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Fugitive in 'largest ecoterrorism investigation in US history' caught after 12 yrs on run

Joseph Mahmoud Dibee - CAPTURED

One of two remaining fugitives in a string of high-profile fires across the West that focused national attention on a group of environmental radicals has been apprehended and returned to the United States after 12 years on the run.

Joseph Mahmoud Dibee, 50, of Seattle, Washington is facing several charges in Oregon, including domestic terrorism, conspiracy to commit arson, destruction of an energy facility and arson of a government building.

Authorities learned Dibee was traveling through Central America on his way to Russia, with a planned stop in Cuba. With the assistance of Cuban authorities, the FBI arranged for his detention before he boarded a plane bound for Russia.

Dibee fled the U.S. in December 2005. He pleaded not guilty to domestic terrorism in court Friday, August 10, 2018.

WATCH: FBI holds press conference on Joseph Dibee arrest.

In 2006, a federal grand jury in Oregon indicted Dibee and 11 conspirators as part of 'Operation BACKFIRE,' a long-running FBI domestic terrorism investigation, and the largest ecoterrorism investigation in U.S. history.

The conspirators with the Earth Liberation Front and Animal Liberation Front, known as "The Family," have been linked to more than 40 criminal acts ranging from vandalism to arson between 1995 and 2001, causing more than $45 million in damages.

The group was based out of Eugene, Oregon.

One fugitive from "The Family" remains at large: Josephine Sunshine Overaker, an American citizen believed to be about 43 or 46 years old. Authorities say she fled to Europe in late 2001. Overaker faces 19 felony charges, including arson in the districts of Oregon, Washington and Colorado.

Authorities say Overaker speaks fluent Spanish and may seek employment as a firefighter, midwife, sheep tender or masseuse. The FBI continues to offer a reward of up to $50,000 for information leading to her arrest.

Another member of The Family, Jeanette Rubin, turned herself in to the FBI at the Canadian border in Blaine, Washington in 2012. She had spent a decade as an international fugitive.

The U.S. attorney's office in Portland, Ore., said Rebecca Jeanette Rubin, 39, a Canadian citizen, turned herself in to the FBI at the Canadian border in Blaine, Washington.

Rubin was sought on conspiracy and arson indictments dating to 2006 alleging she helped set fires at the Vail ski resort in Colorado and at federal wild horse corrals in Eastern Oregon and Northern California, and that she tried to set fire to a lumber mill office in Medford.

Ten people pleaded guilty in 2007 to conspiracy and arson in the case, and were sentenced to prison.

Crimes

The highest-profile case was the 1998 fire that destroyed a restaurant and other facilities at the Vail Ski Resort in Colorado. Other targets included a plant research facility at the University of Washington and several businesses and other structures in Oregon - a horse slaughterhouse, U.S. Forest Service ranger stations, a power transmission tower, a tree farm and an SUV dealership.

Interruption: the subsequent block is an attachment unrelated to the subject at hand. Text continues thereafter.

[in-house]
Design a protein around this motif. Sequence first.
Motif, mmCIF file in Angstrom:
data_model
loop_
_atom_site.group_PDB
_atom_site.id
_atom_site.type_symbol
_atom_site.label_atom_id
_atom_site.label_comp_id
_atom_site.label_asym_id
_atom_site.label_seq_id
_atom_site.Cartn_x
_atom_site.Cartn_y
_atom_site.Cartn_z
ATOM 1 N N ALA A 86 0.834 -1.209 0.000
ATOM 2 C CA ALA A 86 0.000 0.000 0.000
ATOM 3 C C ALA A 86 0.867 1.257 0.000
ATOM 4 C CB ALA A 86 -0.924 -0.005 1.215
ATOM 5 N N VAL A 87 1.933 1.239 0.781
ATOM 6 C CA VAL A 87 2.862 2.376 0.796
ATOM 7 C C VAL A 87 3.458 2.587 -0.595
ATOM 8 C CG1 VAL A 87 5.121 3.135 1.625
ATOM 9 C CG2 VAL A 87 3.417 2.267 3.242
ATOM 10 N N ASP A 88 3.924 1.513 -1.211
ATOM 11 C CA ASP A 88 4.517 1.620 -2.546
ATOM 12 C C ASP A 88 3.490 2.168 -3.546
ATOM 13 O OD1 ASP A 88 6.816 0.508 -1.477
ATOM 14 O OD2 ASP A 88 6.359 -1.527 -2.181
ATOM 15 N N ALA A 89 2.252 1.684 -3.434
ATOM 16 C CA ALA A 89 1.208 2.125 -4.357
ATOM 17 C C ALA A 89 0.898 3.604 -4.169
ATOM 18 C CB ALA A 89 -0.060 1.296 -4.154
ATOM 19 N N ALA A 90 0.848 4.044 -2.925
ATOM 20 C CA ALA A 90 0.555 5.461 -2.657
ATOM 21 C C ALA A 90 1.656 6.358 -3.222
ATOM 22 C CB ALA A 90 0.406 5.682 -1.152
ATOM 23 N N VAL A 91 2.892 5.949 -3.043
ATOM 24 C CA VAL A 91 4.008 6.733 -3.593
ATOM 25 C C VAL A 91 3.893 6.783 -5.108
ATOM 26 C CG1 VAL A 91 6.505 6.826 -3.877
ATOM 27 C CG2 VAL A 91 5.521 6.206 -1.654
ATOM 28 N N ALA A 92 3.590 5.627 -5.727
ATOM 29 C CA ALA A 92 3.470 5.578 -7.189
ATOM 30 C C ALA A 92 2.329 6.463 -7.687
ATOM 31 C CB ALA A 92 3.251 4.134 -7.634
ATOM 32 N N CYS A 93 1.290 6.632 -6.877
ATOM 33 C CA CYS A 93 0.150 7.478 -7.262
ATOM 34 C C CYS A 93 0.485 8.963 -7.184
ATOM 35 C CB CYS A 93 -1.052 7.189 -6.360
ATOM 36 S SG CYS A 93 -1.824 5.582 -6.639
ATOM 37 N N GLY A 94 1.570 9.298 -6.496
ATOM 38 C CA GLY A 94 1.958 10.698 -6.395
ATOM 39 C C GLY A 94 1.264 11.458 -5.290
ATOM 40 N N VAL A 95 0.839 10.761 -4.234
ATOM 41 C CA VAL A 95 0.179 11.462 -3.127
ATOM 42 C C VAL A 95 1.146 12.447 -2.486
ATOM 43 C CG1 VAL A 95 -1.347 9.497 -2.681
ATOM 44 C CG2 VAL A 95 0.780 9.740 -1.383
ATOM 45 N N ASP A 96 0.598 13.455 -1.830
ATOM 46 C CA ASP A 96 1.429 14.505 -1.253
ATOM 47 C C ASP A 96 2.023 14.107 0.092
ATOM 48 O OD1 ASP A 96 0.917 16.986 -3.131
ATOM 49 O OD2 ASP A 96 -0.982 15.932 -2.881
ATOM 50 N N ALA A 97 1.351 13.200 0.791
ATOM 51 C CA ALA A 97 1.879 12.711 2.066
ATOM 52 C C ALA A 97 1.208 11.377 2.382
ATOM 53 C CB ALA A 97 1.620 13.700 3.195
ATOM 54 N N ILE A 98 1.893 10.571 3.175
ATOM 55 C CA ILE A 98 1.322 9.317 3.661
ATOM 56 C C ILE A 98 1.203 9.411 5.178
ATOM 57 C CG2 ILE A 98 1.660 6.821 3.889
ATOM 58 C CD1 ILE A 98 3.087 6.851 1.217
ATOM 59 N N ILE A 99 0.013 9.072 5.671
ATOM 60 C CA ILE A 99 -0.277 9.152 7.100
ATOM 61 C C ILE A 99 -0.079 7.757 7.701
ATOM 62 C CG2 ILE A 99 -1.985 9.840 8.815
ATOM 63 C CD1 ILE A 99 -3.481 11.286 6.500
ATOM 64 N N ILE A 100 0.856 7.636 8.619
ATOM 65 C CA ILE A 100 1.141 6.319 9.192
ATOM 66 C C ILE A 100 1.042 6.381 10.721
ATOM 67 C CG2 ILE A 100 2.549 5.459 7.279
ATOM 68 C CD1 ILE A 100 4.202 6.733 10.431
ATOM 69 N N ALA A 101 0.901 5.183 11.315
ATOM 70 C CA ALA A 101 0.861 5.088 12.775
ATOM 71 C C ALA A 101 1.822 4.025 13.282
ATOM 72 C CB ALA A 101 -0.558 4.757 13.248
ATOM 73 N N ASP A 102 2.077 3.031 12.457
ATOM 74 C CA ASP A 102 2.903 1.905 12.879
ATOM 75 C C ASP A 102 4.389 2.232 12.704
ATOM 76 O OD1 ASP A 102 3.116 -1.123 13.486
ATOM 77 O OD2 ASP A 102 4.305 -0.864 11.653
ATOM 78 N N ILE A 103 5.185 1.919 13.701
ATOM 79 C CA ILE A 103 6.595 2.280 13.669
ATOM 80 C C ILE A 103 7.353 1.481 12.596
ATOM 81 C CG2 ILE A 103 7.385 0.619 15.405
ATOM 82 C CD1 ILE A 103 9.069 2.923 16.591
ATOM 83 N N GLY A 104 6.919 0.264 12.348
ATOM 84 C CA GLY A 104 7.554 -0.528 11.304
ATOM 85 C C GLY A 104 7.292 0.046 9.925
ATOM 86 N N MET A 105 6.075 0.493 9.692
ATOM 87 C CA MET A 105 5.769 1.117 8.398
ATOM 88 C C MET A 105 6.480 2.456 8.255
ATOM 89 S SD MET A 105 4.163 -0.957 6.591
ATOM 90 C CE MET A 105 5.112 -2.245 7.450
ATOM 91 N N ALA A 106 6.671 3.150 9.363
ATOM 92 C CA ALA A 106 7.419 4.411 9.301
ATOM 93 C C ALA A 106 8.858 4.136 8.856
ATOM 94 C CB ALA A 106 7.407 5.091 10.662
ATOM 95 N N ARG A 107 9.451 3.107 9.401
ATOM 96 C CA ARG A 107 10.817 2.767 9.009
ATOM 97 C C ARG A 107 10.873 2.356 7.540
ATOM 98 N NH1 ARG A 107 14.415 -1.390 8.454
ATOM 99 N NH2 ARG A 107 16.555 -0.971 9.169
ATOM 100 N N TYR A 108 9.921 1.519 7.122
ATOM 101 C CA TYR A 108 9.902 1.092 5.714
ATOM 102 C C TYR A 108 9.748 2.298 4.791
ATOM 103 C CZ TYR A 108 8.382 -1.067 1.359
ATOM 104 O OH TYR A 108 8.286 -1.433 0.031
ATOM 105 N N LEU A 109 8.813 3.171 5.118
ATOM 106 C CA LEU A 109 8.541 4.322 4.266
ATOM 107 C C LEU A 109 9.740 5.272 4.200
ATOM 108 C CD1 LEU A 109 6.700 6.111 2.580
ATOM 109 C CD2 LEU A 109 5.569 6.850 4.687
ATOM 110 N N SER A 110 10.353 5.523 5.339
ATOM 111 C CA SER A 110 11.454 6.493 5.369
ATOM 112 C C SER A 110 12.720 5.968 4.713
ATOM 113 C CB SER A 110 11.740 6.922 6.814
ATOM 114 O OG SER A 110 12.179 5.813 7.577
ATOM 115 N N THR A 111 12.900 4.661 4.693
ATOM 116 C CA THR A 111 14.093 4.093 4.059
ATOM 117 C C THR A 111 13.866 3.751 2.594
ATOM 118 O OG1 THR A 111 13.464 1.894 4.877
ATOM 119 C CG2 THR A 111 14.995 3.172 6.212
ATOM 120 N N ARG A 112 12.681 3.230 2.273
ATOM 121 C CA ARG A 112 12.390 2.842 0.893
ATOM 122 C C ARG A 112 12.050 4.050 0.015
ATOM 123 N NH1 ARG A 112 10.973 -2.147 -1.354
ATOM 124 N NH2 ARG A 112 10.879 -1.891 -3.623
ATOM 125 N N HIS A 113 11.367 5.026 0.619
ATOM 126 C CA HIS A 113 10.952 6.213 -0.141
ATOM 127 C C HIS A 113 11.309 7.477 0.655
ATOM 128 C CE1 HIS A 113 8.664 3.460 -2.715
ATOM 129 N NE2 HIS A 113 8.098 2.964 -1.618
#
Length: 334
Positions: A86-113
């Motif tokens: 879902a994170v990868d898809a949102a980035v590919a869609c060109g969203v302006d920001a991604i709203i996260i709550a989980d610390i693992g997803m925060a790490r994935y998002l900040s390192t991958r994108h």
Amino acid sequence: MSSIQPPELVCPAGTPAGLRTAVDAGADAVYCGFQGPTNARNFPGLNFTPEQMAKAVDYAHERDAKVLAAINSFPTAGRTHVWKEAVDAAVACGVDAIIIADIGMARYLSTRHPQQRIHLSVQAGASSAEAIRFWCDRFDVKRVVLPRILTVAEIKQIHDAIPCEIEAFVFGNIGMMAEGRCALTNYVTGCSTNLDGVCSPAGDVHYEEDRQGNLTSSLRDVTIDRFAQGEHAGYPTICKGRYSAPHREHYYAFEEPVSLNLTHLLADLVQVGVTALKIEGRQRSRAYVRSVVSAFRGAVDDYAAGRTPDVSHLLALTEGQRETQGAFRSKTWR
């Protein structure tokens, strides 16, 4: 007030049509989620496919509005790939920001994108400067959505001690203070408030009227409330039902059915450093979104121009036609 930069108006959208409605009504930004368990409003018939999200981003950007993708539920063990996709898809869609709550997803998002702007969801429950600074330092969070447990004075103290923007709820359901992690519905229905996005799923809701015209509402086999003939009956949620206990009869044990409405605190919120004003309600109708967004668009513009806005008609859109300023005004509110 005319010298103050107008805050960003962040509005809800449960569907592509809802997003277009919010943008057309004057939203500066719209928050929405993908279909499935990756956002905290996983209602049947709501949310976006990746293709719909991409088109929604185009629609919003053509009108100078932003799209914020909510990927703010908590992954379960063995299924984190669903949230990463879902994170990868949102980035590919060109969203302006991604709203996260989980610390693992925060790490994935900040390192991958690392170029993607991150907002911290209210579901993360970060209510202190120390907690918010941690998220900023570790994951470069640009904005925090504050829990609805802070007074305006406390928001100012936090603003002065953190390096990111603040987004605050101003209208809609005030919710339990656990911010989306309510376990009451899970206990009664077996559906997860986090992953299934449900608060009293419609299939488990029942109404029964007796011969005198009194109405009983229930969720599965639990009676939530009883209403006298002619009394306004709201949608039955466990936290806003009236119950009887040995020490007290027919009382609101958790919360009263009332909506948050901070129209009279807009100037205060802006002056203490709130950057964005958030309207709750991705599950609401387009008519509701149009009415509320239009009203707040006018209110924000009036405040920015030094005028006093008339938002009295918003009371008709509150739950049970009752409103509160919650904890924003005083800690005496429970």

The group disbanded in 2001, but a federal taskforce known as Operation Backfire turned an informant and broke open the cell in 2005.

By then, the group's leader, William C. Rodgers, was running a bookstore in Prescott, Arizona. After his arrest, Rodgers committed suicide in jail. Authorities described him as a Svengali-like guru and sexual predator who liked to call himself Avalon, after an island from the legend of King Arthur.

The informant was Jacob Ferguson, a local environmental activist who once had a pentagram tattooed on his forehead and studied diesel mechanics at a community college. Prosecutors said he agreed to take a recorder into Family meetings around the country to break through their code of silence. Originally sentenced to probation, Ferguson was sent to prison after authorities found him selling heroin.

In a 2009 paper on environmental terrorism, sociologists Brent L. Smith of University of Arkansas and Kelly R. Damphousse of University of Oklahoma wrote that The Family members were mostly from middle-class backgrounds, though a few, like Ferguson, had a criminal history. The group developed from the environmental activist and anarchist community of Eugene, Oregon.

In the Vail arson, the group issued a communique saying the buildings were burned as retribution for the Forest Service allowing the resort to expand into critical habitat for the Canada lynx, a threatened species. The attack focused national attention on the idea of ecoterrorism.

However, by the time they were sentenced, members of The Family expressed regret and frustration that after all their hardships, they had accomplished practically nothing.

A horse slaughterhouse in Redmond, Oregon, was never rebuilt, but the ski resort and ranger stations were reconstructed, timber companies stayed in business, and wild horses were still rounded up and removed from federal lands.

Animal rights activist Peter Young spent eight years as a fugitive before officers stumbled upon him in 2005 at a Santa Cruz, California Starbucks. He eventually served two years in prison for freeing thousands of mink from Midwest fur farms in the name of the Animal Liberation Front in 1997.

"There are two rules to being a good fugitive," he told The Associated Press on Thursday. "If you have an ID under a different name and don't call your parents, you can live free for a very long time."

Young added there is a benefit to staying on the run for a long time, as Rubin did: "The lawyers all told me at different times as I was preparing to turn myself in, but never did - they said, 'You stay away for a long time, the feds usually get to the point they're not so zealous about your case anymore.'"

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